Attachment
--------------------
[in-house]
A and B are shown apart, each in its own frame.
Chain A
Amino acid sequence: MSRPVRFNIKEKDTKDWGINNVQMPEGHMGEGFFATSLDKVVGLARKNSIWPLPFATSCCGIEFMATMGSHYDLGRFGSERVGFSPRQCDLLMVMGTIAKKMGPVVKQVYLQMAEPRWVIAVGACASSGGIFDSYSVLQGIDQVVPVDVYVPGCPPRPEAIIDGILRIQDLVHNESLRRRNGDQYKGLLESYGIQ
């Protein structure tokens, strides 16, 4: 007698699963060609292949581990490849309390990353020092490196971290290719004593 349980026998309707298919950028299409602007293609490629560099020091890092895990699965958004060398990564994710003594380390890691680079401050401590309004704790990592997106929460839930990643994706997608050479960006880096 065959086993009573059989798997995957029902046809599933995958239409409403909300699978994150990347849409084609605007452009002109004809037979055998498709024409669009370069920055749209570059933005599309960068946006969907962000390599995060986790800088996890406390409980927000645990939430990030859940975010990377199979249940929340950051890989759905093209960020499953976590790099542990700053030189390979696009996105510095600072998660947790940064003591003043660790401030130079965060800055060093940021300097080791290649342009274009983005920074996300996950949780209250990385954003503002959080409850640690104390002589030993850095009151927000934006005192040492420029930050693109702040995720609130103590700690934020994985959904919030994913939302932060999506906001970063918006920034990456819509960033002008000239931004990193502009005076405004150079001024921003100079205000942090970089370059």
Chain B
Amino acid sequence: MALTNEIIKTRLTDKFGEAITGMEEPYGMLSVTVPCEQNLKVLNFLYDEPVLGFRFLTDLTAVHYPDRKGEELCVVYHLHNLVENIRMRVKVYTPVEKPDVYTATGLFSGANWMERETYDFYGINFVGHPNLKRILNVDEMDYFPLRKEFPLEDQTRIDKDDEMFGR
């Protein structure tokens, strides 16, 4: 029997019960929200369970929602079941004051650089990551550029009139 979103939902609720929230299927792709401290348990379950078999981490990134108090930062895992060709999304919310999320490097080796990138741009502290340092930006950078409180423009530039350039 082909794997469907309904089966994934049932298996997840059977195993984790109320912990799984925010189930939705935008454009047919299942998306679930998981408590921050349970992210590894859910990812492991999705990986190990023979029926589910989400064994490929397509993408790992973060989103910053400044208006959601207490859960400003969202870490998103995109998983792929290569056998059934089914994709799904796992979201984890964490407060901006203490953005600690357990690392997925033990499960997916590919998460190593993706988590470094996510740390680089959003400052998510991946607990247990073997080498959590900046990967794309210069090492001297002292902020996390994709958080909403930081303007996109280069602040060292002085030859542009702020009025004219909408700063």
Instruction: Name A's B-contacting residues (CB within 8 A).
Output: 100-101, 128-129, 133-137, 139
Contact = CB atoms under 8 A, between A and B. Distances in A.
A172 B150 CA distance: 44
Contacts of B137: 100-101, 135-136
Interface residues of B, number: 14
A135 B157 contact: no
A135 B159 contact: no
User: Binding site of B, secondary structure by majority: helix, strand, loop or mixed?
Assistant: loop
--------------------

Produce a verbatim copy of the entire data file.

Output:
[in-house]
A and B are shown apart, each in its own frame.
Chain A
Amino acid sequence: MSRPVRFNIKEKDTKDWGINNVQMPEGHMGEGFFATSLDKVVGLARKNSIWPLPFATSCCGIEFMATMGSHYDLGRFGSERVGFSPRQCDLLMVMGTIAKKMGPVVKQVYLQMAEPRWVIAVGACASSGGIFDSYSVLQGIDQVVPVDVYVPGCPPRPEAIIDGILRIQDLVHNESLRRRNGDQYKGLLESYGIQ
């Protein structure tokens, strides 16, 4: 007698699963060609292949581990490849309390990353020092490196971290290719004593 349980026998309707298919950028299409602007293609490629560099020091890092895990699965958004060398990564994710003594380390890691680079401050401590309004704790990592997106929460839930990643994706997608050479960006880096 065959086993009573059989798997995957029902046809599933995958239409409403909300699978994150990347849409084609605007452009002109004809037979055998498709024409669009370069920055749209570059933005599309960068946006969907962000390599995060986790800088996890406390409980927000645990939430990030859940975010990377199979249940929340950051890989759905093209960020499953976590790099542990700053030189390979696009996105510095600072998660947790940064003591003043660790401030130079965060800055060093940021300097080791290649342009274009983005920074996300996950949780209250990385954003503002959080409850640690104390002589030993850095009151927000934006005192040492420029930050693109702040995720609130103590700690934020994985959904919030994913939302932060999506906001970063918006920034990456819509960033002008000239931004990193502009005076405004150079001024921003100079205000942090970089370059």
Chain B
Amino acid sequence: MALTNEIIKTRLTDKFGEAITGMEEPYGMLSVTVPCEQNLKVLNFLYDEPVLGFRFLTDLTAVHYPDRKGEELCVVYHLHNLVENIRMRVKVYTPVEKPDVYTATGLFSGANWMERETYDFYGINFVGHPNLKRILNVDEMDYFPLRKEFPLEDQTRIDKDDEMFGR
């Protein structure tokens, strides 16, 4: 029997019960929200369970929602079941004051650089990551550029009139 979103939902609720929230299927792709401290348990379950078999981490990134108090930062895992060709999304919310999320490097080796990138741009502290340092930006950078409180423009530039350039 082909794997469907309904089966994934049932298996997840059977195993984790109320912990799984925010189930939705935008454009047919299942998306679930998981408590921050349970992210590894859910990812492991999705990986190990023979029926589910989400064994490929397509993408790992973060989103910053400044208006959601207490859960400003969202870490998103995109998983792929290569056998059934089914994709799904796992979201984890964490407060901006203490953005600690357990690392997925033990499960997916590919998460190593993706988590470094996510740390680089959003400052998510991946607990247990073997080498959590900046990967794309210069090492001297002292902020996390994709958080909403930081303007996109280069602040060292002085030859542009702020009025004219909408700063």
Instruction: Name A's B-contacting residues (CB within 8 A).
Output: 100-101, 128-129, 133-137, 139
Contact = CB atoms under 8 A, between A and B. Distances in A.
A172 B150 CA distance: 44
Contacts of B137: 100-101, 135-136
Interface residues of B, number: 14
A135 B157 contact: no
A135 B159 contact: no
User: Binding site of B, secondary structure by majority: helix, strand, loop or mixed?
Assistant: loop